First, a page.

Insulin is highly affected by diet because of the many different signals going on throughout the body as a result of the glucose, and resulting energy, that is produced from carbohydrate intake. Once insulin resistance develops, the muscles, fat, and liver cells don’t respond to it properly, leading to a chain reaction in the body, per Healthline. Over time, insulin resistance can lead to serious conditions like diabetes, obesity, high cholesterol, heart disease and even stroke.
Maintaining balanced hormones is complex, as many different factors can contribute to fluctuating hormone levels, especially in women. Throughout the various different stages of life, from puberty to pregnancy to menopause, hormones are naturally in flux. For many of the years in between, however, hormones may flux and become imbalanced as a result of lifestyle and environmental factors, such as high levels of stress, poor sleep, lack of exercise, and an unhealthy diet full of fat and sugar. While all factors are important to consider, monitoring sugar intake is especially key as it relates to women’s hormones.
Was diagnosed of hyperthyroidism 2013 was on thyroid medication, 2014 i had a radioactive iodine months after I became hypothyroid and have being on levothyrosine as I was told I would take it for life,I didn’t have it for a week in April as I wanted to try fruits so I had a breakdown,with emotional issues in my relationship, lots of thinking and crying, stressed out and depressed, hotness in my head ad legs,then I ran a thyroid test t3 low,t4 low,the extremely high I’m back on my medication but still feel horrible, lack of interest, hotness… Symptoms of hormone imbalance. What can I do please, I’m losing it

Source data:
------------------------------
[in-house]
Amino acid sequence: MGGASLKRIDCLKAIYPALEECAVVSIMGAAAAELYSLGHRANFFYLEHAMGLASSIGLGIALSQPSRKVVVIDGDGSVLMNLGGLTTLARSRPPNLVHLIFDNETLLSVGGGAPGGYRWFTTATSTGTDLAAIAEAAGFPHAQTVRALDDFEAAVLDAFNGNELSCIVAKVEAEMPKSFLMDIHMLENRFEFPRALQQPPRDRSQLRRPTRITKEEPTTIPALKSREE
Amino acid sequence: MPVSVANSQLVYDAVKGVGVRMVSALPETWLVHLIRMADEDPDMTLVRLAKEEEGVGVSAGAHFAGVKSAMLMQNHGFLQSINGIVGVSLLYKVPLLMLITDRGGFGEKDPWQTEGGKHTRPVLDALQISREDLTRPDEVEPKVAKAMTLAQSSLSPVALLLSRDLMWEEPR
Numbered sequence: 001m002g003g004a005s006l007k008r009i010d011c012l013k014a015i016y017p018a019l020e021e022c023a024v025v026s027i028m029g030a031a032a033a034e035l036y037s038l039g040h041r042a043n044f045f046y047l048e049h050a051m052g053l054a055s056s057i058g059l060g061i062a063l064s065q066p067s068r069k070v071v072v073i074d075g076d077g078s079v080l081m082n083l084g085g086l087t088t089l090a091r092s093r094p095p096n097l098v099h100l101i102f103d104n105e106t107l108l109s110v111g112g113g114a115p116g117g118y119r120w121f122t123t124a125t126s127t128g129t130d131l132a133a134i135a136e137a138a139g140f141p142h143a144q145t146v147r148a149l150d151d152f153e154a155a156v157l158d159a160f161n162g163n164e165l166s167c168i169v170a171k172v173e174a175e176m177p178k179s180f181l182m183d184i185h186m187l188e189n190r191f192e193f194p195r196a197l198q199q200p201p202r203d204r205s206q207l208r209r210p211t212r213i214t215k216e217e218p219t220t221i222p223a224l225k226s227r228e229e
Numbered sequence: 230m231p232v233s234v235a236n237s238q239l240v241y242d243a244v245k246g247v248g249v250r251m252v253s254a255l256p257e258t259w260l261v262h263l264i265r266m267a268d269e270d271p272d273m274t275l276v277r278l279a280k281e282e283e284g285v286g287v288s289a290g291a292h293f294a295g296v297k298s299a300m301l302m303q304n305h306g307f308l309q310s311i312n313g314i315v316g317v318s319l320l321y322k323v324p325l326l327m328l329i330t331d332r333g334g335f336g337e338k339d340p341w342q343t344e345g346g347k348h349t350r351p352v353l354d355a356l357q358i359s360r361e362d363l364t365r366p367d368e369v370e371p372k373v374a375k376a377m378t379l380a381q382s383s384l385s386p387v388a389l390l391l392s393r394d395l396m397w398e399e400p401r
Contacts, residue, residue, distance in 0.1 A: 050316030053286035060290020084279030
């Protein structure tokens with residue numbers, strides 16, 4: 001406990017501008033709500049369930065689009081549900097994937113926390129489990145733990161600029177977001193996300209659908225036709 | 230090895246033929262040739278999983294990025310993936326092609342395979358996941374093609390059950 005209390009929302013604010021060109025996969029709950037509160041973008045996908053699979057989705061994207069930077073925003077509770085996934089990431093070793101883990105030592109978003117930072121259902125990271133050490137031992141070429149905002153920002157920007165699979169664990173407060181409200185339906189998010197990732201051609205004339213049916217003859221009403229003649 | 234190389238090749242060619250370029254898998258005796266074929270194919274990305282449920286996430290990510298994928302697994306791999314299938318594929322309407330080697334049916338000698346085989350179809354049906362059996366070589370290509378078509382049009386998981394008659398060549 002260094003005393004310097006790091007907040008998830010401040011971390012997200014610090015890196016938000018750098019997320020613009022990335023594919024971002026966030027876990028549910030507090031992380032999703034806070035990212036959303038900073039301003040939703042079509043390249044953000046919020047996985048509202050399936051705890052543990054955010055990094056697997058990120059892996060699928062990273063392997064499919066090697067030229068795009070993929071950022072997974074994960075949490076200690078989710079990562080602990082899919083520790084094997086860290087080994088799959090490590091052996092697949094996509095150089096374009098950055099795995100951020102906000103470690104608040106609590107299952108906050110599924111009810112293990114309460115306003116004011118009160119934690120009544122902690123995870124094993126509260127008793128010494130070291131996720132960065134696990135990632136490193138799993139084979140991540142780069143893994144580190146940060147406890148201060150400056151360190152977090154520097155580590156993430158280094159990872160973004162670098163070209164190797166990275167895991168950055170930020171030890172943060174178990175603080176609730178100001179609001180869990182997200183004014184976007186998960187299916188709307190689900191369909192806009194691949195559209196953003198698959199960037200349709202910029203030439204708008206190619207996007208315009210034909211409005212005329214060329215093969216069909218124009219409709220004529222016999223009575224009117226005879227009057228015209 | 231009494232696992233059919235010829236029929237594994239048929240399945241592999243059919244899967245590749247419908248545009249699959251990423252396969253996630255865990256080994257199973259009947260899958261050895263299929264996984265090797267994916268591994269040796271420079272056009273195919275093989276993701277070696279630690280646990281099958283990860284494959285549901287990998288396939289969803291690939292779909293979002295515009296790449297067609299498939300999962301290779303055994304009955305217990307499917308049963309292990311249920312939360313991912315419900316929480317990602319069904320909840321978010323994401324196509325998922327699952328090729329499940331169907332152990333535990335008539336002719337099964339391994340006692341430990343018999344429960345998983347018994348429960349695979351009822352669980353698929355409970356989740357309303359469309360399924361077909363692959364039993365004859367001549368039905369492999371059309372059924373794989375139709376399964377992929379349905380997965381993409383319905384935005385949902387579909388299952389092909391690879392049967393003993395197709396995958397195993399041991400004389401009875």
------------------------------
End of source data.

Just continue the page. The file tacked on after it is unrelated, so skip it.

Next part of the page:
Dr. Jolene Brighten is a Functional Medicine Naturopathic Medical Doctor and the founder and CEO of Rubus Health—a root cause women’s medicine clinic specializing in the treatment of hormone disorders, including adrenal, thyroid, and hormonal birth control related conditions. She is a recognized as an expert in Post-Birth Control Syndrome and the long term side effects associated with hormonal contraceptives. Dr. Brighten is a best-selling author, speaker, and clinical educator.
“Brain fog” is a common complaint even though this is not a true medical term. It is a commonly reported symptom with many potential underlying causes. Women in perimenopause and after menopause report more memory complaints and difficulty concentrating than premenopausal women. Declining estrogen levels may be to blame, but other factors may play a role. Perimenopausal and post-menopausal women often have trouble sleeping and experience hot flashes and increased depression. These, in turn, may contribute to brain fog. Thyroid disease is another common cause of brain fog. See your doctor if you are experiencing brain fog so you can find out and treat the root cause. If declining estrogen levels are to blame, hormone replacement therapy may offer some relief and restore hormonal balance.
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